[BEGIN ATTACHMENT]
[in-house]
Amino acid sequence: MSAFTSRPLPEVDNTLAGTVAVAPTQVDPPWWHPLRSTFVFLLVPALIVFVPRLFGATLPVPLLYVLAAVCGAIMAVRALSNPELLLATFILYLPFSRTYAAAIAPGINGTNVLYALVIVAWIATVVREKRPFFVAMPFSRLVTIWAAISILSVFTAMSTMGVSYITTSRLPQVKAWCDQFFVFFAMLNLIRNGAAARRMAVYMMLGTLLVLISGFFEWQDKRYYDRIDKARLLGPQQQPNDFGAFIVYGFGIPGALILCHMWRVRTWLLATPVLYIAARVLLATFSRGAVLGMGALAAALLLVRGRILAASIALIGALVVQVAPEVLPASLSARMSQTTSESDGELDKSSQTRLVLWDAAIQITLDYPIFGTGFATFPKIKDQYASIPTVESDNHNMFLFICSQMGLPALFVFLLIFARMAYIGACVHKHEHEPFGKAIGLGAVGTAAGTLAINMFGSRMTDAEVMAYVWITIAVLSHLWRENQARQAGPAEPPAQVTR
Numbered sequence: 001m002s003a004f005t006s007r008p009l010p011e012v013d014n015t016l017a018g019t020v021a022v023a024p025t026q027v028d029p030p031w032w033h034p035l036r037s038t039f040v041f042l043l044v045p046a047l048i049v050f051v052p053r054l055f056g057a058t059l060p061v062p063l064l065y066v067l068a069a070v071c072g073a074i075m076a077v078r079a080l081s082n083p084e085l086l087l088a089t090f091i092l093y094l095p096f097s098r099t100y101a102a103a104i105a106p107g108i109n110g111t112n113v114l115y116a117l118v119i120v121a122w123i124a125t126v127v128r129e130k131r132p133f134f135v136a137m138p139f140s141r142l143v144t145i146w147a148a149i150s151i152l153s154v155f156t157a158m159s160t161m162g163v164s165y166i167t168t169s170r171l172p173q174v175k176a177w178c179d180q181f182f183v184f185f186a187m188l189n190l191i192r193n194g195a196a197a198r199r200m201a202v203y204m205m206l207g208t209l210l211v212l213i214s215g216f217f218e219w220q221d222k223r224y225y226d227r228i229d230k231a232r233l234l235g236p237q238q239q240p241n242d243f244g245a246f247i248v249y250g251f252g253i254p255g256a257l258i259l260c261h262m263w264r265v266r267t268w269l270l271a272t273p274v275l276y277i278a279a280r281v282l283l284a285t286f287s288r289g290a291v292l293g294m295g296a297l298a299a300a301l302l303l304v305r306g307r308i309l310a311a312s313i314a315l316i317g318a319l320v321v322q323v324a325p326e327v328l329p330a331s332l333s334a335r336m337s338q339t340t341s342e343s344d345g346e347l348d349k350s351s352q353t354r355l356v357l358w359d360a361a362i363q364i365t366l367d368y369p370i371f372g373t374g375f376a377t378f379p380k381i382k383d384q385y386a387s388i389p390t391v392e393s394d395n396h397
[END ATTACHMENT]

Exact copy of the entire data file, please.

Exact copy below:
[in-house]
Amino acid sequence: MSAFTSRPLPEVDNTLAGTVAVAPTQVDPPWWHPLRSTFVFLLVPALIVFVPRLFGATLPVPLLYVLAAVCGAIMAVRALSNPELLLATFILYLPFSRTYAAAIAPGINGTNVLYALVIVAWIATVVREKRPFFVAMPFSRLVTIWAAISILSVFTAMSTMGVSYITTSRLPQVKAWCDQFFVFFAMLNLIRNGAAARRMAVYMMLGTLLVLISGFFEWQDKRYYDRIDKARLLGPQQQPNDFGAFIVYGFGIPGALILCHMWRVRTWLLATPVLYIAARVLLATFSRGAVLGMGALAAALLLVRGRILAASIALIGALVVQVAPEVLPASLSARMSQTTSESDGELDKSSQTRLVLWDAAIQITLDYPIFGTGFATFPKIKDQYASIPTVESDNHNMFLFICSQMGLPALFVFLLIFARMAYIGACVHKHEHEPFGKAIGLGAVGTAAGTLAINMFGSRMTDAEVMAYVWITIAVLSHLWRENQARQAGPAEPPAQVTR
Numbered sequence: 001m002s003a004f005t006s007r008p009l010p011e012v013d014n015t016l017a018g019t020v021a022v023a024p025t026q027v028d029p030p031w032w033h034p035l036r037s038t039f040v041f042l043l044v045p046a047l048i049v050f051v052p053r054l055f056g057a058t059l060p061v062p063l064l065y066v067l068a069a070v071c072g073a074i075m076a077v078r079a080l081s082n083p084e085l086l087l088a089t090f091i092l093y094l095p096f097s098r099t100y101a102a103a104i105a106p107g108i109n110g111t112n113v114l115y116a117l118v119i120v121a122w123i124a125t126v127v128r129e130k131r132p133f134f135v136a137m138p139f140s141r142l143v144t145i146w147a148a149i150s151i152l153s154v155f156t157a158m159s160t161m162g163v164s165y166i167t168t169s170r171l172p173q174v175k176a177w178c179d180q181f182f183v184f185f186a187m188l189n190l191i192r193n194g195a196a197a198r199r200m201a202v203y204m205m206l207g208t209l210l211v212l213i214s215g216f217f218e219w220q221d222k223r224y225y226d227r228i229d230k231a232r233l234l235g236p237q238q239q240p241n242d243f244g245a246f247i248v249y250g251f252g253i254p255g256a257l258i259l260c261h262m263w264r265v266r267t268w269l270l271a272t273p274v275l276y277i278a279a280r281v282l283l284a285t286f287s288r289g290a291v292l293g294m295g296a297l298a299a300a301l302l303l304v305r306g307r308i309l310a311a312s313i314a315l316i317g318a319l320v321v322q323v324a325p326e327v328l329p330a331s332l333s334a335r336m337s338q339t340t341s342e343s344d345g346e347l348d349k350s351s352q353t354r355l356v357l358w359d360a361a362i363q364i365t366l367d368y369p370i371f372g373t374g375f376a377t378f379p380k381i382k383d384q385y386a387s388i389p390t391v392e393s394d395n396h397